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Government must overcome fear of being labelled ‘Islamophobic’ and address Muslim women’s rights – by making mandatory the registration of all religious marriages

A significant number of Muslim women in the United Kingdom are in unregistered religious-only marriages, many of whom will be unaware that they lack legal protections and access to marital rights.

In this report, Emma Webb examines how the asymmetric nature of those sometimes polygamous marriages and Islamic divorce – which allows a man to instantaneously divorce his wife but makes it much harder for the wife to initiate divorce – leaves women in a precarious situation.

Although such religious ‘divorces’ have no legal status in UK civil or family law, they can face the consequences of sudden divorce and being left without financial assets or property, destitute and without support in their own communities.

As already noted by the 2018 Independent Review into the application of sharia law in England and Wales, “an impact of changing the marriage laws to ensure registration of Muslim marriages would be to prohibit informal polygamy through multiple Islamic marriages”.

“In return for a religious divorce, women may face financial exploitation and accept unlawful informal custody arrangements. The asymmetric nature of Islamic divorce and the paucity of civilly registered marriage create reliance on sharia councils that have been known to perpetuate the abuse and discrimination already suffered by some women.”

“This includes safeguarding concerns, with some sharia councils reportedly having a dismissive attitude towards domestic, sexual, emotional and child abuse, as well as ignoring civil court injunctions.”

“Tackling unregistered marriages in the UK will also have the benefit of making it harder to hide child and forced marriages.”

On the current lack of intervention, interviewees suggest “Reluctance may be the result of a political calculation based on perceptions about religious sensitivity – in other words, fear of being called Islamophobic for intervening on an issue relating to Muslim women’s rights within their community – a situation which is obviously unacceptable and unsustainable.”

“Over the past decade, successive governments have failed to respond to calls for legislative reform.”

“Alongside innovative proposals from academics and activists internationally, some government inquiries and reviews have repeatedly recommended action, including the Casey Review into opportunity and integration (2016), the independent review into the application of sharia law in England and Wales (2018), the Integrated Communities Strategy green paper (2018), as well as the Council of Europe Resolution 2253 (2019) and our obligations under international law, namely, The Convention on the Elimination of all forms of Discrimination Against Women (CEDAW).”

On the basis of testimonies, case studies, interviews and a review of legislative proposals, the report makes several recommendations, including:

  1. Amending current legislation to make mandatory the registration of all religious marriages in the England and Wales, in line with the proposals of the Marriage Act 1949 (Amendment) Bill
  • “…there was general consensus among interviewees that this is an important first step and would significantly improve Muslim women’s access to marital rights and benefits.”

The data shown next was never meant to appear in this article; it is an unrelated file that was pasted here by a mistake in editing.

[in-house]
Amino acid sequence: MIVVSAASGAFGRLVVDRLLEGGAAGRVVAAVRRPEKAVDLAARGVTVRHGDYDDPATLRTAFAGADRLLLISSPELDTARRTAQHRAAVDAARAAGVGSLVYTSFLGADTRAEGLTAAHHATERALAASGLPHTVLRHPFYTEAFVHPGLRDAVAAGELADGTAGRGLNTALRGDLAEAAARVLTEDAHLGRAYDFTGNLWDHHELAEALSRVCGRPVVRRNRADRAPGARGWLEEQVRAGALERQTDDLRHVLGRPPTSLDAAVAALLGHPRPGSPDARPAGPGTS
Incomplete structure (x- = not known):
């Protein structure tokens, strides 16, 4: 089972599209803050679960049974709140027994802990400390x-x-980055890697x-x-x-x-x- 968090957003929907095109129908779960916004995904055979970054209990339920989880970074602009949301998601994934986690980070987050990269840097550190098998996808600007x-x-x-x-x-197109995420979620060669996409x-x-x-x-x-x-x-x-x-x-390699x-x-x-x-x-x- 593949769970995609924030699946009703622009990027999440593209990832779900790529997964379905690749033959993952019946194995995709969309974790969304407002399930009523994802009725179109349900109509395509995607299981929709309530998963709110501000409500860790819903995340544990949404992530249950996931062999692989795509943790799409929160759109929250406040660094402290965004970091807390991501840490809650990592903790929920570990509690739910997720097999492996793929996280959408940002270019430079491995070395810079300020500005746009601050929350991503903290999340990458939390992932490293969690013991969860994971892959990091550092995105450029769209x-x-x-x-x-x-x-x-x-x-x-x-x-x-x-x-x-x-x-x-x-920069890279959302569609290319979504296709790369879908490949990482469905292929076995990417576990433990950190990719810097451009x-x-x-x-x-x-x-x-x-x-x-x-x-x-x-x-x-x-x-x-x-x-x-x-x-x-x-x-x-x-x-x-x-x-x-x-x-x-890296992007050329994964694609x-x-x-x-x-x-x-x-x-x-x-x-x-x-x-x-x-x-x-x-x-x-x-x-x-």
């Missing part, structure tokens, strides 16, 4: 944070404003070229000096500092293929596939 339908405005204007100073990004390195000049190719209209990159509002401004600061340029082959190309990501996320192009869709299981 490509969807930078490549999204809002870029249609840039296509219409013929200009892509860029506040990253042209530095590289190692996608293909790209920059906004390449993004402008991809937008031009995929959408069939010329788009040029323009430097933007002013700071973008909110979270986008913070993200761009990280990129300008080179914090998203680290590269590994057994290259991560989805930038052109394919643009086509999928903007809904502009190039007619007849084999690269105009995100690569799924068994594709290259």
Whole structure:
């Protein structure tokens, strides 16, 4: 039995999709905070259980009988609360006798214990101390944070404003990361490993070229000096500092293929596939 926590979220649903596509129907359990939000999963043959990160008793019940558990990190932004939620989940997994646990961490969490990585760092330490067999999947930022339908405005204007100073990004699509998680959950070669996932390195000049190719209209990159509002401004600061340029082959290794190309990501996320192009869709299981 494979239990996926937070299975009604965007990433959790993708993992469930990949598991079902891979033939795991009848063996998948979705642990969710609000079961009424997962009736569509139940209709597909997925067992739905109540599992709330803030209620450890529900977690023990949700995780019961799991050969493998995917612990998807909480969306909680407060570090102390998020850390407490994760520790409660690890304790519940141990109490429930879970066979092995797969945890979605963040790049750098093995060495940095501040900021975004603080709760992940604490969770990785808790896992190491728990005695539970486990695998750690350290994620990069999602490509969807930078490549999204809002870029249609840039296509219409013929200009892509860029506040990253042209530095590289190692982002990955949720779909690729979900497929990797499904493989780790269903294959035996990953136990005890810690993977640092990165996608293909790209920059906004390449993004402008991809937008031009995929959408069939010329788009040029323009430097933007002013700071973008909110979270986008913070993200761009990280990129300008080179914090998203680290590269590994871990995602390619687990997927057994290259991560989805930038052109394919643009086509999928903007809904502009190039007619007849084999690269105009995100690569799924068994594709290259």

• “The impact of this is also likely to reduce the prevalence of unregistered polygamous unions, which have a negative impact on women’s rights and mental health…”
  • “Financial incentives (through Universal Credit) to enter unregistered polygamous relationships should also be removed, thereby lessening the burden on the taxpayer.”
  1. Extending the Divorce (Religious Marriages) Act 2002 to cover Islamic divorces, as was previously achieved for the Jewish community
  • “This Act allows a judge to withhold the civil dissolution of a marriage until a Jewish religious divorce is granted.
  • “It therefore prevents the phenomena of the ‘chained woman’, in which a woman is civilly divorced but unable to remarry because the refusal or unreasonable delay of religious divorce being granted.”
  1. Launch of a nationwide education campaign to raise awareness of marital rights and consequences of unregistered religious-only marriages.
  • “Many women with unregistered marriages are unaware that they are not protected by the law, and do not understand the legal status of their religious-only union.”
  • “…it is important to institute a nationwide campaign, as has been done with Female Genital Mutilation, encouraging marriage registration and explaining the consequences of failing to do so.”
  1. Further research into the broader socio-cultural context of which unregistered marriage is a part, with the aim of ‘juridifying’ an approach to social problems, where appropriate in a free society with the intention to protect individual rights and promote integration


“I strongly commend this timely report. The women who have shared their stories have risked much. I hope that their courage will not be in vain – and that Government legislation will at last be introduced with great urgency, as so many Muslim women in this country are suffering in ways that would make our Suffragettes turn in their graves.” – Baroness Cox of Queensbury


“This report is an important contribution to a sensitive and vexed subject. Respect for religious and cultural traditions sometimes brings conflict with the law of the land. The report faces these issues head-on, and makes an important contribution to a difficult debate.” – Lord Carlile of Berriew CBE QC

Fallen through the cracks

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